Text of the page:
Roland E. Martin

Yeats Between Two Worlds

As a professional musician, I have had many opportunities with which to explore a facet of William Butler Yeats’s plays: his fascination with Japanese Noh theater. Many of Yeats’s short plays are built on stories from Irish mythology. These plays inhabit a strange world somewhere between East and West. Here is an Irish poet/playwright writing in a traditional Japanese form, utilizing elements of each culture. The subject matter is near and dear to the Irish sensibility: stories drawn from ancient Irish history, mythology and religion, but the language is terse and formal. Yeats specifies where in these plays he expects music to be played, and which parts of the script are to be sung. He specifies what instruments are to be played and where.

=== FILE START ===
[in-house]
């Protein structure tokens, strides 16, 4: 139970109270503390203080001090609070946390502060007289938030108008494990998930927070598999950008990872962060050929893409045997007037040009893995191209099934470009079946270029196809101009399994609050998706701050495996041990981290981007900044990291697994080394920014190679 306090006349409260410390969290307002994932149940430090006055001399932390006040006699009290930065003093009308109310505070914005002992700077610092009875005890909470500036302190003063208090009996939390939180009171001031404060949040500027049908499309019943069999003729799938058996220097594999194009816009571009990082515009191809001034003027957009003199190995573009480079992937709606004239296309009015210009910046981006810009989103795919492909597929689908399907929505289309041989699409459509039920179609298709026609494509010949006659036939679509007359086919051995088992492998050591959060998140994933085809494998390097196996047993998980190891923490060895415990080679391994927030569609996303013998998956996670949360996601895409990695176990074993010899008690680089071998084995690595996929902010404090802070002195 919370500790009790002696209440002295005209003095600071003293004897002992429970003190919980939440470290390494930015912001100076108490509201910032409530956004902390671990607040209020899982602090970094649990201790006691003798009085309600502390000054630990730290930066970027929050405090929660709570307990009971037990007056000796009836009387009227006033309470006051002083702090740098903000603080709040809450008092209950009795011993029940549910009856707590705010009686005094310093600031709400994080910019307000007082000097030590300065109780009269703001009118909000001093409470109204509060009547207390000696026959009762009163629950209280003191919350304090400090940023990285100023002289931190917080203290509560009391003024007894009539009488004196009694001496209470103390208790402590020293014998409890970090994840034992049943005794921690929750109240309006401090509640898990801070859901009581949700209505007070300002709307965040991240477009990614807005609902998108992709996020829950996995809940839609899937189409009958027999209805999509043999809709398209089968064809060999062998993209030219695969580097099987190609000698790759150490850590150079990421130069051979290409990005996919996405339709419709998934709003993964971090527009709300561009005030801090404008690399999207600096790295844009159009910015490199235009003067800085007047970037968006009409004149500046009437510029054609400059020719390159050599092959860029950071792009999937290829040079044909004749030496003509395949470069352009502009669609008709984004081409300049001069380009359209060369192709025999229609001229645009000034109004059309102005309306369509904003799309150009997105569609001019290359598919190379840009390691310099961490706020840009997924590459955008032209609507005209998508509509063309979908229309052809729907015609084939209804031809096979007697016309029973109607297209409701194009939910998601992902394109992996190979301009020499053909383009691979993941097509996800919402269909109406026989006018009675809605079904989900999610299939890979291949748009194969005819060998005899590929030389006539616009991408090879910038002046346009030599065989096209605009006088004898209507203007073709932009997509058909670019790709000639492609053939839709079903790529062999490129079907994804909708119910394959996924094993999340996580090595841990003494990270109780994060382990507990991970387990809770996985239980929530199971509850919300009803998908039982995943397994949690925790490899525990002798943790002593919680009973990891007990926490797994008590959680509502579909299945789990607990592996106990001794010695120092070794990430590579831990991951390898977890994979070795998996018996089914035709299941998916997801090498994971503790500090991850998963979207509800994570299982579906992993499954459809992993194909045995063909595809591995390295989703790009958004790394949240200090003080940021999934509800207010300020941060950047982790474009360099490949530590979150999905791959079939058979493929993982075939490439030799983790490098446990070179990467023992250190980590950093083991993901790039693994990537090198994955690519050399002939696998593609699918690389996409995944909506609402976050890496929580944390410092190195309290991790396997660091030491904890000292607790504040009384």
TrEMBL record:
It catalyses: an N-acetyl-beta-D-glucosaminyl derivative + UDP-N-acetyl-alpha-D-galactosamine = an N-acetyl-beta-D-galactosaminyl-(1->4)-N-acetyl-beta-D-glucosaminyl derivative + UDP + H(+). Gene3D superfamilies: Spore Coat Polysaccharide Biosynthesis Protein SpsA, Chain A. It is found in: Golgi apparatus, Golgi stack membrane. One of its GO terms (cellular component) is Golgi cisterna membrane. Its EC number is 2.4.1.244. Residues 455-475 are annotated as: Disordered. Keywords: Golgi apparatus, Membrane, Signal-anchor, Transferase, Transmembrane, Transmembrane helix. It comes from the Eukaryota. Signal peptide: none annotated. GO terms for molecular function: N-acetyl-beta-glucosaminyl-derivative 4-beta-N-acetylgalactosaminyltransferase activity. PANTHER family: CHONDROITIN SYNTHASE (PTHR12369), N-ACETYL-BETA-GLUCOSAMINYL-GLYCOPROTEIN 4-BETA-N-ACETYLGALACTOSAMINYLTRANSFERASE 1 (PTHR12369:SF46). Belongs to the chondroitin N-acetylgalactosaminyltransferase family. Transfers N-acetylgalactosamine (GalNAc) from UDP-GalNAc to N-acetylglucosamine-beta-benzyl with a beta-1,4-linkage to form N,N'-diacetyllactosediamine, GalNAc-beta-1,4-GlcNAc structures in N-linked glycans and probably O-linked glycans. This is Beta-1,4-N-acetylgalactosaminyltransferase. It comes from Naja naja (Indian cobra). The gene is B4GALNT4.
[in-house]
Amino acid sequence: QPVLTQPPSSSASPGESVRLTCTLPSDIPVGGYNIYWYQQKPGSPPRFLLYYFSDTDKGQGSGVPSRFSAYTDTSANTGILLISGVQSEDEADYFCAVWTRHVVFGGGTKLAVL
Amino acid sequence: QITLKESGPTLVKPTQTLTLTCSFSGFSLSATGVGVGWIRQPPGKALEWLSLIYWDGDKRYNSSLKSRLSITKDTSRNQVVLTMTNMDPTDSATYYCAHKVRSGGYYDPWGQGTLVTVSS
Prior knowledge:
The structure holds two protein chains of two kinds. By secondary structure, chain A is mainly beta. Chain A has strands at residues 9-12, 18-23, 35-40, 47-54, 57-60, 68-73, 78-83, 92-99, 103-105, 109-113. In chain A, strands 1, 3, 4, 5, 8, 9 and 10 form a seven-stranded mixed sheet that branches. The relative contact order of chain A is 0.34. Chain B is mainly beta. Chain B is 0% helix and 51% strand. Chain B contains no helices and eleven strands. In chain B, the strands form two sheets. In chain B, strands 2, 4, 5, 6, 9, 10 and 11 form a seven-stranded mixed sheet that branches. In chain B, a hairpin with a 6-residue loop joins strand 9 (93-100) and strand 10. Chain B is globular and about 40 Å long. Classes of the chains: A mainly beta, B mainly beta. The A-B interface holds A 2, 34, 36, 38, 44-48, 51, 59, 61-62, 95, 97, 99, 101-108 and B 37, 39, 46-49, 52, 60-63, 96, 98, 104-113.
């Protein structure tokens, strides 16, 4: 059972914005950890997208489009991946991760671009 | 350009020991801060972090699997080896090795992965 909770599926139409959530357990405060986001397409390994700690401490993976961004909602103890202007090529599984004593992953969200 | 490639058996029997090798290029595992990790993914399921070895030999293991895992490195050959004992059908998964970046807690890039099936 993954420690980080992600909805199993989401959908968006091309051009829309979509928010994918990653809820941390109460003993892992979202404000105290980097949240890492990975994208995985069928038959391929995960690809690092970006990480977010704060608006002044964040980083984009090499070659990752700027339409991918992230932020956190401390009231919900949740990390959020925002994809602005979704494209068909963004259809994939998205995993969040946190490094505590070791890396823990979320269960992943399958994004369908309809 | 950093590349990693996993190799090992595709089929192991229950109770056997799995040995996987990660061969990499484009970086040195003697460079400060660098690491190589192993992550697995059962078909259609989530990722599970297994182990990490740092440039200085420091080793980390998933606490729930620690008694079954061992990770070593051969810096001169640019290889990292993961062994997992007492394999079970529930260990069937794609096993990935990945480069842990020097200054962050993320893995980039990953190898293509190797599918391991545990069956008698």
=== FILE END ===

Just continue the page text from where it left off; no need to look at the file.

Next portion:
Over the last several years I have been commissioned to compose music for three of these plays. When doing so, I similarly found myself caught between two worlds, not simply those of East and West, but also those of music and literature. What, then, are the boundaries between music and literature? How does one find an appropriate “sound world” for these stories, the characters within them and two geographically distinct cultures?